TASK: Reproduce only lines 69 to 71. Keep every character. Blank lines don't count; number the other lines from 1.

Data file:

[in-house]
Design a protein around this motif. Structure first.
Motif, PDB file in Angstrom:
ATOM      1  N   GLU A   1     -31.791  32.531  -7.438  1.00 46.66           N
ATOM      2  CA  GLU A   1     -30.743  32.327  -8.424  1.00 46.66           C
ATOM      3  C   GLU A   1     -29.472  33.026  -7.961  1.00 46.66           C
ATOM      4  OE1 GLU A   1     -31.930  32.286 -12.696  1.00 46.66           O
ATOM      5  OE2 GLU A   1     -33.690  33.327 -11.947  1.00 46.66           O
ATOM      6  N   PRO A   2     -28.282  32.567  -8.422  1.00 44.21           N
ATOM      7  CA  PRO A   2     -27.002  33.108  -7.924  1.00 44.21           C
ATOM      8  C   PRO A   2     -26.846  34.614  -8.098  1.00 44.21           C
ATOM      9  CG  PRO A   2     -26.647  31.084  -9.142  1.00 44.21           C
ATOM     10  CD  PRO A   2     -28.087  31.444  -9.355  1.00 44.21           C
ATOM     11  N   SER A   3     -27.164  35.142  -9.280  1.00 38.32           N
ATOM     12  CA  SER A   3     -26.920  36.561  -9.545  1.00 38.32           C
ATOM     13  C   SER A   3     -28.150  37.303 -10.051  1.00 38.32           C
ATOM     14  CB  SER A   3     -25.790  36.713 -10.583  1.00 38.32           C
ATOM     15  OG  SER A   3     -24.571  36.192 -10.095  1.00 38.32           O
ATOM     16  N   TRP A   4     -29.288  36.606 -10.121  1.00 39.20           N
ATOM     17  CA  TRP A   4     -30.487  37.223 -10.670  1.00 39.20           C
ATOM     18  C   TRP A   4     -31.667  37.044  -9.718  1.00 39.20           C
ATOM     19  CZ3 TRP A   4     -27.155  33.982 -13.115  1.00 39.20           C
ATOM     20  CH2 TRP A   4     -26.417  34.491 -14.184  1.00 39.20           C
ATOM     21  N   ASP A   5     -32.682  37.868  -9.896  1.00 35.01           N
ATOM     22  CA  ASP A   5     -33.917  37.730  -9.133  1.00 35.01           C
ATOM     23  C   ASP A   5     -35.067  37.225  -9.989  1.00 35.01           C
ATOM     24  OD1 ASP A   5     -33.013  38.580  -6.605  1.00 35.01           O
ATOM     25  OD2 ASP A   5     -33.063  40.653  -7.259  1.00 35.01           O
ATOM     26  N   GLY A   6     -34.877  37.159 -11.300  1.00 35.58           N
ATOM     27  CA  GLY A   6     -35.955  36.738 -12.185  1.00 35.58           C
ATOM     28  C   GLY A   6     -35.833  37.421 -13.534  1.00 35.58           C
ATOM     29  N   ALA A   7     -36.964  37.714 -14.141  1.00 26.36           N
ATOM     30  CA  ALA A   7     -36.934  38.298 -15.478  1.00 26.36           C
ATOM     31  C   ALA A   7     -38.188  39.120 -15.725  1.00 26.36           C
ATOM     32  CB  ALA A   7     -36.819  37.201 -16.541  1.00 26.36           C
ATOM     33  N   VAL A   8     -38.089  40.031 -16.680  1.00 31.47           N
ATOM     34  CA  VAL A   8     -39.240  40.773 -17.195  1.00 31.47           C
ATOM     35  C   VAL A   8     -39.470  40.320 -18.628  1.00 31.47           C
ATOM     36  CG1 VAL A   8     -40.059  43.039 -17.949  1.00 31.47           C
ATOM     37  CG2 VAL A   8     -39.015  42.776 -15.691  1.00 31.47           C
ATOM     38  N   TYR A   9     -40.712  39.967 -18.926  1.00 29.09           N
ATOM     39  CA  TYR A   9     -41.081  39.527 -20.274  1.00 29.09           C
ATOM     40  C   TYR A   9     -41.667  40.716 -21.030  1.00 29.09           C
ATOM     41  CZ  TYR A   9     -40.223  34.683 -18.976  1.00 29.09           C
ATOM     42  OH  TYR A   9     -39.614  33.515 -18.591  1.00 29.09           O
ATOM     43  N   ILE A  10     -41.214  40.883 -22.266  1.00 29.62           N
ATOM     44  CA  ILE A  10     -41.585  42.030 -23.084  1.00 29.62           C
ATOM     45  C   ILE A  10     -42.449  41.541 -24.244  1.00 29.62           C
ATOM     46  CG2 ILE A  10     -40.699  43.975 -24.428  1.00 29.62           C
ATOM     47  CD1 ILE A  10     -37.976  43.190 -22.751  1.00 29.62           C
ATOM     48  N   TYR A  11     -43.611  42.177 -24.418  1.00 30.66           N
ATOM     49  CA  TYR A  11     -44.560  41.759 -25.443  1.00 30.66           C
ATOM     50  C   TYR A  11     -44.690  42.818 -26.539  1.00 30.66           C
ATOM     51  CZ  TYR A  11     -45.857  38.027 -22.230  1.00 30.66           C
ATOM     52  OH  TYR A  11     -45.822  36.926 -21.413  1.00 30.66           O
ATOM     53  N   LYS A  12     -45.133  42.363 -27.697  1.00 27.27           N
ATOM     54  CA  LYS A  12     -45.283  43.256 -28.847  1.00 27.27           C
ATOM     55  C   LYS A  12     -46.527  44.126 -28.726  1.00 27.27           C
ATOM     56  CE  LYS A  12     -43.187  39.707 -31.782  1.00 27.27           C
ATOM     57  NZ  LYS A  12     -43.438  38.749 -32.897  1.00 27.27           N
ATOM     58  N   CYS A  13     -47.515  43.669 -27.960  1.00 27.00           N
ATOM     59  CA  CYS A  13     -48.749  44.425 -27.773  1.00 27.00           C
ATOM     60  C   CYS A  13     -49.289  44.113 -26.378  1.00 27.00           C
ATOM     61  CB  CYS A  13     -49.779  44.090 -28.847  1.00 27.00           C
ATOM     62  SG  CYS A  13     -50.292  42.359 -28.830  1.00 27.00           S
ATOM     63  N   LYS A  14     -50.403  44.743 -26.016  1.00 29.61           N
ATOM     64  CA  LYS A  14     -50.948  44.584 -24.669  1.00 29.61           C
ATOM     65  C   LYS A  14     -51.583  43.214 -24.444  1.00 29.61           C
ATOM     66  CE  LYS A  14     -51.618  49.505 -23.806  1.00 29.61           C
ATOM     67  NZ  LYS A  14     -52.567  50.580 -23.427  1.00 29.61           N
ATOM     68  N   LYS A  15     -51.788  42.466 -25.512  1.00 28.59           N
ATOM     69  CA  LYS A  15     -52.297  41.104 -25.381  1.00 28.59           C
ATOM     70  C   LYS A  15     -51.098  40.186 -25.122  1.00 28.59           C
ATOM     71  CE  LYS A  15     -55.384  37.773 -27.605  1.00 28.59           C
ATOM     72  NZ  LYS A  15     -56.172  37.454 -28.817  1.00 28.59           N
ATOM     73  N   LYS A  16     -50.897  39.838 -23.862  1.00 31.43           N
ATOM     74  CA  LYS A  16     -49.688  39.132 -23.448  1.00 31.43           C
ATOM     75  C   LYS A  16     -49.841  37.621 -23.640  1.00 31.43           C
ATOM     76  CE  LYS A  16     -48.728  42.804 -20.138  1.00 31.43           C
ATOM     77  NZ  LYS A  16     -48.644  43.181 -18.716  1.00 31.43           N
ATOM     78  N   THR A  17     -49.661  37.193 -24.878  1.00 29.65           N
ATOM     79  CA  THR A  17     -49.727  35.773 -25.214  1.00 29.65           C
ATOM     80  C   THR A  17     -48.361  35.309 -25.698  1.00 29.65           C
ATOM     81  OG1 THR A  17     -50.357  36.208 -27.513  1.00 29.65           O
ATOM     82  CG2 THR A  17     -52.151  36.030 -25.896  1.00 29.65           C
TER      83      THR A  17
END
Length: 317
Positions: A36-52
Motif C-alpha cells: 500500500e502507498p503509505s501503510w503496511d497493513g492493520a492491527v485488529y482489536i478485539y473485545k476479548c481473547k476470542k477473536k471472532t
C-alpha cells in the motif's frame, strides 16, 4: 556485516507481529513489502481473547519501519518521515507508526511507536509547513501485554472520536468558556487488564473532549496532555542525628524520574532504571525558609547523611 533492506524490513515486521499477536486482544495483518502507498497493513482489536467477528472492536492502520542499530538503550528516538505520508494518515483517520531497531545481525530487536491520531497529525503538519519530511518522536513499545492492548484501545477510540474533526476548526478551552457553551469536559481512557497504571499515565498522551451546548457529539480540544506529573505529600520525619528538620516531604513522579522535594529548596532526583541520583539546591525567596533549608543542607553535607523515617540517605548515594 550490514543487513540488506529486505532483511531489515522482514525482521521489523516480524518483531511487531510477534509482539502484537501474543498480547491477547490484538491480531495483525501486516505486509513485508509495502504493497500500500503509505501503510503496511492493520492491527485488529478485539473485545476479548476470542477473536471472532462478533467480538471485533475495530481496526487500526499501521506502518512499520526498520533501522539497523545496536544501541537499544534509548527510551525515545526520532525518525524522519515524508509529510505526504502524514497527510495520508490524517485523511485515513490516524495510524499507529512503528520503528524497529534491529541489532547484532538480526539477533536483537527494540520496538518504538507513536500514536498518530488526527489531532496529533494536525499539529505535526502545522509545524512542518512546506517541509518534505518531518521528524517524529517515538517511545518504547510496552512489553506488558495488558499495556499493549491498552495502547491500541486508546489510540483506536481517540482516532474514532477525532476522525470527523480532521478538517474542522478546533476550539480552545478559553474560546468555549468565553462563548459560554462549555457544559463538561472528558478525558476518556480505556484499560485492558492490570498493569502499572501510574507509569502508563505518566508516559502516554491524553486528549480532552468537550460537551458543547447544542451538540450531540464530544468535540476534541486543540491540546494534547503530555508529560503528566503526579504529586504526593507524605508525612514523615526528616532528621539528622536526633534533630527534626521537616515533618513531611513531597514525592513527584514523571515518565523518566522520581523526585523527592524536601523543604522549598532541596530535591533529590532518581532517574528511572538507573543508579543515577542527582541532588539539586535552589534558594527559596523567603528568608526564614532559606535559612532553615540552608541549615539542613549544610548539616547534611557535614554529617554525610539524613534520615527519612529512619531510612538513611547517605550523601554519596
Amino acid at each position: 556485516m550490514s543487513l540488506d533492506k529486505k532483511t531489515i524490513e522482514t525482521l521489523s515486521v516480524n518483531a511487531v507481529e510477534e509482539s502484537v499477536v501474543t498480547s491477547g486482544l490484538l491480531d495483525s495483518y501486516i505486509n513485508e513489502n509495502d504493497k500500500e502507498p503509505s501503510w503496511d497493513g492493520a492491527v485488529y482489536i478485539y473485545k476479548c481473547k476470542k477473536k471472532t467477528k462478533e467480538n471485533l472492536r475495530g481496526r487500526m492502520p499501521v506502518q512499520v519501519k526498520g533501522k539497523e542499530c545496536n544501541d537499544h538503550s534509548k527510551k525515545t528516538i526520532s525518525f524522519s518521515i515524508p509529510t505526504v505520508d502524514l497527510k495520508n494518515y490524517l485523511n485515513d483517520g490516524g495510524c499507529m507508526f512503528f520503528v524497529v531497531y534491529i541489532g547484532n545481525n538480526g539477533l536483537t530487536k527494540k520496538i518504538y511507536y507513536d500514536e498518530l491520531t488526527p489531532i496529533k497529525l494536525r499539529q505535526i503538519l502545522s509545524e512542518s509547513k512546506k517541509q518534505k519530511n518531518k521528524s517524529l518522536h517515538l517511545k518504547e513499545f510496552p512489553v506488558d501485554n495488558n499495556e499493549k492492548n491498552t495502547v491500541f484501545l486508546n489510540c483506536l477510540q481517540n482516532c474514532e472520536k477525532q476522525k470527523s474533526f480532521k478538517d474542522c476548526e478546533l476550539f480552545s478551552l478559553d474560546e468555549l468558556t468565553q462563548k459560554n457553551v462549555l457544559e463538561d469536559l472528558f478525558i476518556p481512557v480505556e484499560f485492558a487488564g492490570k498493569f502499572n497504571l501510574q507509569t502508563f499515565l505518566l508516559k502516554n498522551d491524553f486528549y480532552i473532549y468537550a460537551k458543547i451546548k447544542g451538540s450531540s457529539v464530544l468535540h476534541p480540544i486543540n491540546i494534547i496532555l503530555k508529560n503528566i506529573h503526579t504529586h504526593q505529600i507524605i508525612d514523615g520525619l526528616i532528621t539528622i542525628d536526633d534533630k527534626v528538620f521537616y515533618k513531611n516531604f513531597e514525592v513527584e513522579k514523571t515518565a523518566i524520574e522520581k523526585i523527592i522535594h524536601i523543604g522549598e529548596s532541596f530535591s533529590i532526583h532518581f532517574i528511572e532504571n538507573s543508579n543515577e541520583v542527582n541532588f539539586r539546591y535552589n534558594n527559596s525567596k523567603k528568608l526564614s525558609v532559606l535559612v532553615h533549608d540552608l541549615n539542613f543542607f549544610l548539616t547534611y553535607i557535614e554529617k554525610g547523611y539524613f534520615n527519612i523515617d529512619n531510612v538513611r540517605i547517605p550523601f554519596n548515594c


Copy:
ATOM     66  CE  LYS A  14     -51.618  49.505 -23.806  1.00 29.61           C
ATOM     67  NZ  LYS A  14     -52.567  50.580 -23.427  1.00 29.61           N
ATOM     68  N   LYS A  15     -51.788  42.466 -25.512  1.00 28.59           N